The Sri Lanka players were airlifted from the Gaddafi Stadium to the National Stadium in Lahore
The second Test between Pakistan and Sri Lanka has been called off following the attack on the bus carrying the tourists' team in Lahore.
Five Pakistani policemen escorting the team bus were killed in the gunfire and seven Sri Lanka players were injured.
Chaminda Vaas, Ajantha Mendis, Mahela Jayawardene, Thilan Samaraweera, Kumar Sangakkara, Tharanga Paranavitana and Suranga Lakmal were the players hurt.
Samaraweera, who was shot in the thigh, and Paranavitana are in hospital.
And fourth umpire Ehsan Raza is in a critical condition in an intensive care unit in Lahore.
But none of the players' injuries are life threatening and the rest of the Sri Lanka squad flew back home on Tuesday after being airlifted from the Gaddafi Stadium to the National Stadium in Lahore.
Sangakkara, Sri Lanka's vice captain, confirmed he and his team-mates were "safe and out of danger".
"We are shocked but apart from that everyone is OK," Sangakkara said.
"Everyone just hit the deck because of someone shooting. We hit the floor of the bus and stayed there. We heard the bullets hitting the bus and a few explosions.
"We had an amazing driver who just kept driving the bus straight through all of that to the ground. That's probably what saved us.
"I don't regret coming here to play cricket because that's what we have been doing all our lives. That is our profession.
"But I regret this incident, what has happened and the situation that we have had to go through.
"All we want to do now is to go back home to our families, get back home and be safe."
Sri Lanka's assistant coach, former Kent and Middlesex batsman Paul Farbrace, suffered a shrapnel wound to his arm in the attack.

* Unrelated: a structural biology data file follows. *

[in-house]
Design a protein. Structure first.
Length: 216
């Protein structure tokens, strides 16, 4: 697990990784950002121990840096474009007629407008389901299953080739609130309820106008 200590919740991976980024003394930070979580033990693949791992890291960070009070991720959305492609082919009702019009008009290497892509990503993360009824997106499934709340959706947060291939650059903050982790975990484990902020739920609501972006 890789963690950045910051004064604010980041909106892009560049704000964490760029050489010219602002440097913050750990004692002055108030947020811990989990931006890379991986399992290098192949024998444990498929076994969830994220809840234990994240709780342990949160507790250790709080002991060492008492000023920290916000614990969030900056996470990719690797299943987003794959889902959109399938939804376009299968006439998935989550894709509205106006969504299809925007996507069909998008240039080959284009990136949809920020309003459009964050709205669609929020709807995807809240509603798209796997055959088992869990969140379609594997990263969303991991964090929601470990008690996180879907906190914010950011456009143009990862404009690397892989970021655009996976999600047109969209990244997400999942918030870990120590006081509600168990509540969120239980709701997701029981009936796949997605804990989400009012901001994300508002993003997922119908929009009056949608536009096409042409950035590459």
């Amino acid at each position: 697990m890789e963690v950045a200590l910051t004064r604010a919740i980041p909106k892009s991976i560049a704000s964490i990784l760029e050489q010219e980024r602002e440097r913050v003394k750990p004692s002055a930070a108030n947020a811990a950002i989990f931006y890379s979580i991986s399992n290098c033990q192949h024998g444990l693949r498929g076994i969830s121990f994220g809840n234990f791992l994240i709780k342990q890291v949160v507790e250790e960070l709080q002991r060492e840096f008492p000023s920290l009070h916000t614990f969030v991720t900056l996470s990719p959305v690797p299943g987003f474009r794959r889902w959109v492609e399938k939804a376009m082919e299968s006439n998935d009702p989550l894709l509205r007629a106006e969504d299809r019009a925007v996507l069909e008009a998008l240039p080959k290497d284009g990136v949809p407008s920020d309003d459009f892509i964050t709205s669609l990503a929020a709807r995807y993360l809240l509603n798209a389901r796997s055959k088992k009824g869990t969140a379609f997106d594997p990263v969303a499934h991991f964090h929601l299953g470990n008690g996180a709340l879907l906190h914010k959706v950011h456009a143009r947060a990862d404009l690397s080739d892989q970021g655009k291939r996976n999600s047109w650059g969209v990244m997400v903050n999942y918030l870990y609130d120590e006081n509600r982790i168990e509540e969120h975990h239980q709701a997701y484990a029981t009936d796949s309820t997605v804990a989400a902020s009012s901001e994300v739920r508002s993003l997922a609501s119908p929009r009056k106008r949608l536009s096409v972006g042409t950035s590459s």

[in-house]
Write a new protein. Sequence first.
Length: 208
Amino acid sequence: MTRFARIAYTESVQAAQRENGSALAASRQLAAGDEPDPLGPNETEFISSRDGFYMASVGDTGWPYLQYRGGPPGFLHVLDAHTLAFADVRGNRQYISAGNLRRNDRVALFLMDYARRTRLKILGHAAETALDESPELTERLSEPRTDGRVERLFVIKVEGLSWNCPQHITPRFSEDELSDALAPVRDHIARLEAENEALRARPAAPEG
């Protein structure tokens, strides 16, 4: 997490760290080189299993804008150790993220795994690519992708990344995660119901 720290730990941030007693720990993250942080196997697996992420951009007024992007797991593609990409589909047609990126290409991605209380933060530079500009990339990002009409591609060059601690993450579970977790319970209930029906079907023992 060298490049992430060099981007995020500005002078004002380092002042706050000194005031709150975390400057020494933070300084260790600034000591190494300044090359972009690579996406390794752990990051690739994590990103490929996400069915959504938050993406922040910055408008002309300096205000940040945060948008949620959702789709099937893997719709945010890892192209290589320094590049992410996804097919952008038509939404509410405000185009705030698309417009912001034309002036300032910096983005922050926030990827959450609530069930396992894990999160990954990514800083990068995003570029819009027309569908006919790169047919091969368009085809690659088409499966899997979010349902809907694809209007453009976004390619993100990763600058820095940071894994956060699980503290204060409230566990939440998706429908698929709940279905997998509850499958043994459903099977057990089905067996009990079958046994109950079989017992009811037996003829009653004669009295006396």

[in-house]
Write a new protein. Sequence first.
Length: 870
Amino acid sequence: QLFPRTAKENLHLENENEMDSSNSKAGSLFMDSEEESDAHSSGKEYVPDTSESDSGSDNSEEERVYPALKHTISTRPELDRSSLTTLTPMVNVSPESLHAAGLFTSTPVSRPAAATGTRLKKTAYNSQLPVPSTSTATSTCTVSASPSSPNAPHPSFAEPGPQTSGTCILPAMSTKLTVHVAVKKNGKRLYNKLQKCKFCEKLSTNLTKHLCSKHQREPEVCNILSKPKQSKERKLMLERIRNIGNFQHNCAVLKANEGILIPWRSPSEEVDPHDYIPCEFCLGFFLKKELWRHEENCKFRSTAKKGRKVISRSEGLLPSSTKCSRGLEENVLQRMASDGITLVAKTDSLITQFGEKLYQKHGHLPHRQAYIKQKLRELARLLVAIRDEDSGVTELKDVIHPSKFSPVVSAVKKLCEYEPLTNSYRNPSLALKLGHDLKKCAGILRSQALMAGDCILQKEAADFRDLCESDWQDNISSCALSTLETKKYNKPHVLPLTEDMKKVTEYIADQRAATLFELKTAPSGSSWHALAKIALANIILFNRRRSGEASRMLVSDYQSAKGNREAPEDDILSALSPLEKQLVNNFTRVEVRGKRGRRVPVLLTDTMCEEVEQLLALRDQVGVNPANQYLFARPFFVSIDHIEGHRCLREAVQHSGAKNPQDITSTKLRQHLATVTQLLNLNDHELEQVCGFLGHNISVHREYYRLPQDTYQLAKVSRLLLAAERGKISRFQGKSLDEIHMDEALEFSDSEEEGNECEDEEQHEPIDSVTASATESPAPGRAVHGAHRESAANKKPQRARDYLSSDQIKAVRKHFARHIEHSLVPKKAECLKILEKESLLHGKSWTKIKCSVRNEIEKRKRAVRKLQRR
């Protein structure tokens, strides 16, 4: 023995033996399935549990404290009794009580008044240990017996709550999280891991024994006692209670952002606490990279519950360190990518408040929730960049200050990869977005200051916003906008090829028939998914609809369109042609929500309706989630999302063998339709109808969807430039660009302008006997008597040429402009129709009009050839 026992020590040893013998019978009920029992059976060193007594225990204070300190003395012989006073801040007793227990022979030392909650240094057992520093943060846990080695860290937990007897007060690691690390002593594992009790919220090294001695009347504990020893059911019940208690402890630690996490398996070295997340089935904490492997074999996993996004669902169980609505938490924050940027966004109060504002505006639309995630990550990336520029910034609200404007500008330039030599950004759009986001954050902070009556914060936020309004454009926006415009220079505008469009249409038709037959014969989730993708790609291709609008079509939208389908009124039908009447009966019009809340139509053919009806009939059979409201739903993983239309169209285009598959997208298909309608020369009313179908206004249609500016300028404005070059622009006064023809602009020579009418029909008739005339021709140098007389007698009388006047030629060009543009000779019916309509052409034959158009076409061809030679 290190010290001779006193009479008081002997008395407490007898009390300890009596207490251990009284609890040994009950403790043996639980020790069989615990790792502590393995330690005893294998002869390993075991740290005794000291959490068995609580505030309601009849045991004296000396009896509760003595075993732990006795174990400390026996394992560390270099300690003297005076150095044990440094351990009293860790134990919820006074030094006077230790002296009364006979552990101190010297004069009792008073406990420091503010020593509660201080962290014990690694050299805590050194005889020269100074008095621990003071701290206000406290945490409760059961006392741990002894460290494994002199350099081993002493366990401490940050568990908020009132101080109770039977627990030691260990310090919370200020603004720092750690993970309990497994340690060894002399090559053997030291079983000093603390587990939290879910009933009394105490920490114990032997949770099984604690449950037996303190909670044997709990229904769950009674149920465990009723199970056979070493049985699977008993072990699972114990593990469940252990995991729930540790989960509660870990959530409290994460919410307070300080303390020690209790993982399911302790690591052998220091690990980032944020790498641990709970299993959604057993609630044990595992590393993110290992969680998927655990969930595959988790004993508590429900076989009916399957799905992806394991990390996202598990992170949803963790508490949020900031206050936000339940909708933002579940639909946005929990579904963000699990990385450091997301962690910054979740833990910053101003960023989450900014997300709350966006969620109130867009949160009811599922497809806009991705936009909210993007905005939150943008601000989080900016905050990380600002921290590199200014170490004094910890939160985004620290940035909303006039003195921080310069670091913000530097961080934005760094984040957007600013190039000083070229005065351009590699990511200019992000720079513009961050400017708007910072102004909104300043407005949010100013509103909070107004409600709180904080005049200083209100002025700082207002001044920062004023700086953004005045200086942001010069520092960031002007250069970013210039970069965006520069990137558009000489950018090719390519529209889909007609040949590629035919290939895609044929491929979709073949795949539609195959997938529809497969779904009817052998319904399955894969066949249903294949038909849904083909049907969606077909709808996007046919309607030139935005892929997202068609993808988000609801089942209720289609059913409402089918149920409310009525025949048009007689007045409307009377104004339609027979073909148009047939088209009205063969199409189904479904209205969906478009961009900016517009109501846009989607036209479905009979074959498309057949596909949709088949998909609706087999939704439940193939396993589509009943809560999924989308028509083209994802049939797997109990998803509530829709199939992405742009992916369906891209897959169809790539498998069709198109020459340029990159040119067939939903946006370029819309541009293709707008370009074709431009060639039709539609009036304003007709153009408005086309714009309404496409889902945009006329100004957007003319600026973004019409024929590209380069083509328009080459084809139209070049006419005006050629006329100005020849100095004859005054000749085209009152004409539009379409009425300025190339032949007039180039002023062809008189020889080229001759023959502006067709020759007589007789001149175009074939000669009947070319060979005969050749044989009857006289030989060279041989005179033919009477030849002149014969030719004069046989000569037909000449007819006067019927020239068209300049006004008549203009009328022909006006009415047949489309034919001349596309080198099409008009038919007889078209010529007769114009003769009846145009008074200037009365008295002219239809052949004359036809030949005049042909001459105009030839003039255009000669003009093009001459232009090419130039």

The bus was in a convoy on its way to the stadium ahead of the third day of the second Test.
Match referee Chris Broad, the father of England bowler Stuart Broad, was in the vehicle behind the Sri Lanka team.
Broad, umpires Simon Taufel and Steve Davis and TV umpire Nadeem Chauri were unhurt but their driver was killed by gunfire and Broad was left spattered with blood.
"It was only an hour after the attack that I spoke to him," Stuart Broad said. "He is obviously very shaken up - he's seen some sights that he obviously wishes he hadn't seen.
"He lay in cover while the carnage happened. It all died down and they got driven to safety.
"He got a helicopter to Abu Dhabi two or three hours after the incident. He's safe, well and looking forward to getting home."
Former Pakistan captain Waqar Younis was metres away from the Sri Lankan coach when the attack took place.
"I happened to get to the ground before anybody else," Waqar told BBC Radio 5 Live. "Suddenly I heard a couple of blasts from around the corner and then there was open fire.
"I ran back and I saw the Sri Lankan bus coming quickly. They started dragging people out and a couple of them were injured - I think Thilan Samaraweera got shot - and some were just hit by the glass of the windows.
"There were ambulances all over the place and there were police coming in and going out. It was all happening."
Former England bowler Dominic Cork, who is in Lahore to commentate for Pakistan TV, told BBC Radio 5 Live: "We arrived at the stadium three or four minutes before the team and were just setting up. All of a sudden we heard two explosions and then gunfire.
"I was coming up a set of stairs to the commentary box and I just fell. I thought they were attacking us - it felt that close.